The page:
Eye For Film >> Movies >> 143 Sahara Street (2019) Film Review
143 Sahara Street
Reviewed by: Amber Wilkinson
If you're looking to get away from civilisation, you could certainly do a lot worse than head to Algeria's El Menia - a desert region in the centre of the country. It is dissected by Route Nationale 1 and it along the route in this unlikely spot that you will find Malika, the elderly owner of a roadside cafe, dishing up eggs, tea and the occasional observation on life. Paradoxically, she may be away from what could be classed as "civilisation" in its broadest sense but all the world seems to come to her, from a Polish biker to a busload of musicians who hold an impromptu singsong.
Through the course of this thoughtful, observational documentary from Hassen Ferhani, we never quite learn where Malika came from, although we gather she arrived in 1994, when she had to overcome prejudice from the local community who viewed a single woman opening up such an establishment with deep suspicion. Biographical detail comes in scraps and she even casts doubt over some of that, although to what degree she is lying when she says things are "a lie" is, like much here, open to interpretation.
Where Malika is going to is also in doubt, as we see, across the sand and windswept highway, a massive petrol station and restaurant beginning to take shape, that will come to dwarf her tiny cafe with its blue-washed walls. Customers try to reassure her, but we can see how hard it must be to ignore something so obvious. What's not in doubt is her love for her talkative cat Mimi or her fierce independence.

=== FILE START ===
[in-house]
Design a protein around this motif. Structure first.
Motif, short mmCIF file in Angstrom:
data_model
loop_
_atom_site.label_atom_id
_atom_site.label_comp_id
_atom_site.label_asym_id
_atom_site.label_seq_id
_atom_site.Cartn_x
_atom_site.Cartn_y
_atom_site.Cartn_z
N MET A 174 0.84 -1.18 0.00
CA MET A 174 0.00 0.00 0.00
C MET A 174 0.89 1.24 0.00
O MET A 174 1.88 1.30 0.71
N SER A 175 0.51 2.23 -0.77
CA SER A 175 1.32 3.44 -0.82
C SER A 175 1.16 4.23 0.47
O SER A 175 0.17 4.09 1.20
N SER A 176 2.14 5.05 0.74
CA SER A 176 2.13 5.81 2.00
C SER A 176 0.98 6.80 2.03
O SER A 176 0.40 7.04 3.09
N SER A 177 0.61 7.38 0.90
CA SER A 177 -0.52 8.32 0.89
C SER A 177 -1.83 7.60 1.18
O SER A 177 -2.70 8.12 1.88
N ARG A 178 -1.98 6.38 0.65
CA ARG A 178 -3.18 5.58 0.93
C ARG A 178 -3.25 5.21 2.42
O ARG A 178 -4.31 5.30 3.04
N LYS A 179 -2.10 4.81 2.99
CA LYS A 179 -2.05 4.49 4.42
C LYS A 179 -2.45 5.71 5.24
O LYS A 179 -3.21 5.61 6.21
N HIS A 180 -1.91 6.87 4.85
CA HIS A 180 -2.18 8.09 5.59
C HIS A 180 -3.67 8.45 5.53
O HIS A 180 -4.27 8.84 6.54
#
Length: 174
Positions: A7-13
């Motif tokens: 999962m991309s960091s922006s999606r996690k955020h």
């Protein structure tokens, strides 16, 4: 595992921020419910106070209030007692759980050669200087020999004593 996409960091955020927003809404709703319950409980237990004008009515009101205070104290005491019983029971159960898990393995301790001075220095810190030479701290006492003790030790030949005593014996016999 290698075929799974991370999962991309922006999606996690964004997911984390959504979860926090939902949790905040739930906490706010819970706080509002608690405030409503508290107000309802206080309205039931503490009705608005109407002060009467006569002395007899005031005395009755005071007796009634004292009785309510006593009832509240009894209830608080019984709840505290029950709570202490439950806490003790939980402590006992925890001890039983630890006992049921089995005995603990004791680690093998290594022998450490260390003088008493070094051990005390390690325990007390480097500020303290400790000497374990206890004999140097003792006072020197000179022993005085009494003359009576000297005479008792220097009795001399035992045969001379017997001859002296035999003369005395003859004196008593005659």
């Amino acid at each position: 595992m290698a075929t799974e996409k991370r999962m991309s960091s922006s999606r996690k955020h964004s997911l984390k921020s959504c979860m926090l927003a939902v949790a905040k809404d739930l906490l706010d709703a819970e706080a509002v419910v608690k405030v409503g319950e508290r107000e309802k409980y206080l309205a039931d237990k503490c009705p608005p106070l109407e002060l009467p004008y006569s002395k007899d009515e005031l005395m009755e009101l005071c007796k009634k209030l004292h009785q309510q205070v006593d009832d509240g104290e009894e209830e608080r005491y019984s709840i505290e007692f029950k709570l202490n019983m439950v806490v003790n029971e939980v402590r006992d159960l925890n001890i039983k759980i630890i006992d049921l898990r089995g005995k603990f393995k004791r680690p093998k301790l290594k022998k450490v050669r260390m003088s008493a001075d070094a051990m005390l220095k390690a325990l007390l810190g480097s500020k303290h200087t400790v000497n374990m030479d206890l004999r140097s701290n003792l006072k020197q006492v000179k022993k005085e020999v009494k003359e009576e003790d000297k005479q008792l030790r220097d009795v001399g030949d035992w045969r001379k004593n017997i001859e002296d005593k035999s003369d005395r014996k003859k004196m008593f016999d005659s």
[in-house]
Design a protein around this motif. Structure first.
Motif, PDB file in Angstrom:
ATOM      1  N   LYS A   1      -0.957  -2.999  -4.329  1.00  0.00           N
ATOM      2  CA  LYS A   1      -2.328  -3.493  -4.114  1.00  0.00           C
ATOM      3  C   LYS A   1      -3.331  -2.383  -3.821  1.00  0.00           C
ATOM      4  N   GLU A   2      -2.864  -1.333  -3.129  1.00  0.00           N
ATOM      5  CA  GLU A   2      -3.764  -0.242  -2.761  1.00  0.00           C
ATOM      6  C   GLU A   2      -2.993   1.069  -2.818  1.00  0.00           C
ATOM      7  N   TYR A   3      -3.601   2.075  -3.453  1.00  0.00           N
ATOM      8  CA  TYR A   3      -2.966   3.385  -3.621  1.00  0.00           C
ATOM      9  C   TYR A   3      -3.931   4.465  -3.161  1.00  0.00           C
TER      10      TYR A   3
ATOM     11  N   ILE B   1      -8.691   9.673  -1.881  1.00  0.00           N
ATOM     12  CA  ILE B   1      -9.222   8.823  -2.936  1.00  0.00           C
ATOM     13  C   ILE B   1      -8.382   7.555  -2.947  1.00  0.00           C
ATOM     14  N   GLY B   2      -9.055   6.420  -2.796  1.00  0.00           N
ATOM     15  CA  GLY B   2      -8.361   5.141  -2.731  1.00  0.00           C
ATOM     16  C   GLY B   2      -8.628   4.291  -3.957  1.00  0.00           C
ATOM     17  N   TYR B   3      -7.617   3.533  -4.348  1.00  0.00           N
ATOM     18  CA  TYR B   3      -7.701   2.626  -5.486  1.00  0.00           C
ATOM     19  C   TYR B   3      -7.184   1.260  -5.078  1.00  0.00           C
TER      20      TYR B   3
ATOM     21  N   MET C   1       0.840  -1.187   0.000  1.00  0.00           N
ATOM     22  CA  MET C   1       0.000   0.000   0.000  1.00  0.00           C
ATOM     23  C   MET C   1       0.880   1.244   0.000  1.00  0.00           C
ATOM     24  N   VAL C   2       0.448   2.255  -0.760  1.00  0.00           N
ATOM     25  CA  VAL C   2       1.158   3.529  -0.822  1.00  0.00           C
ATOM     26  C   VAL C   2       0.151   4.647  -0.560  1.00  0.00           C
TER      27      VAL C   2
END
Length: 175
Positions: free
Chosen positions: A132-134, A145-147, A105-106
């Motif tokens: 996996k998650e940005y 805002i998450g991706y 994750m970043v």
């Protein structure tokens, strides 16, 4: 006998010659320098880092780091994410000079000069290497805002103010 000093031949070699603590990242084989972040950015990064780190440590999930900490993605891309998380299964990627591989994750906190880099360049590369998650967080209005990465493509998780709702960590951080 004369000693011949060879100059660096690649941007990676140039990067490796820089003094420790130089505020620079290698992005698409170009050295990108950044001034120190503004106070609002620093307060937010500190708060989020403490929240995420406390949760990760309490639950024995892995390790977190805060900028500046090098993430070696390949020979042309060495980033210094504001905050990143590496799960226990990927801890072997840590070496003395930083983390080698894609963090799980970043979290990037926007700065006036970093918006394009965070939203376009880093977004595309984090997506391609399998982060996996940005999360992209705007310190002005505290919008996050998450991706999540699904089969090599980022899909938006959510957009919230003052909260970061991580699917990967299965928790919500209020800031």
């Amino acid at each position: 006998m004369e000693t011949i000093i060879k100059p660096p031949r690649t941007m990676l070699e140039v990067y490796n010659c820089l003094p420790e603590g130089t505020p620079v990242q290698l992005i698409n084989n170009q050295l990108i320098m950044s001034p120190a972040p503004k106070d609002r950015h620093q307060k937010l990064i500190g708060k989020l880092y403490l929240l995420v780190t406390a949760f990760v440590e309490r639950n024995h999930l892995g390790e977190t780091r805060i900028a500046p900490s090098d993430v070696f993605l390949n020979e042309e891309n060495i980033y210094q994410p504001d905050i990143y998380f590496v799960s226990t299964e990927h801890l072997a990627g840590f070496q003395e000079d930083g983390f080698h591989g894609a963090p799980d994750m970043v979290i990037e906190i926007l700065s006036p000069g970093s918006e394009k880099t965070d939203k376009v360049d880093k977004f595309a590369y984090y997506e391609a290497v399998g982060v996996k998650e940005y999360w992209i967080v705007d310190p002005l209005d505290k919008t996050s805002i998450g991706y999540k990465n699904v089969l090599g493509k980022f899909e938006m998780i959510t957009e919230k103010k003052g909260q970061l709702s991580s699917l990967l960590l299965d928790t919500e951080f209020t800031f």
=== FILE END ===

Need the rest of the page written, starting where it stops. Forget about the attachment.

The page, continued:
Customers - almost all men - come an go, some bringing tales from the road, small talk or opinions. She endures or indulges these to different degrees and, between times, occasionally offers asides to Ferhani on things including, but not limited to, her dislike of women and nosey imams. Life by, if not on, the road, is revealed in snippets, an impromptu dance here, a joke with a customer there, building a picture of shared humanity and communication that often goes beyond language.
This is largely a slowburn affair, with Ferhani letting the rhythms of the desert, its dusty road and its acres of sky play their part. The sense of contemplation is added to by the mostly fixed camera, watching Malika's actions intently and when the director breaks from this at one point to take us spinning around the cafe's outside, it only further emphasises the sense of isolation. By the end, Malika herself mostly remains a mystery but this is a testament to her stoicism in the face of change and transience.Reviewed on: 18 Mar 2020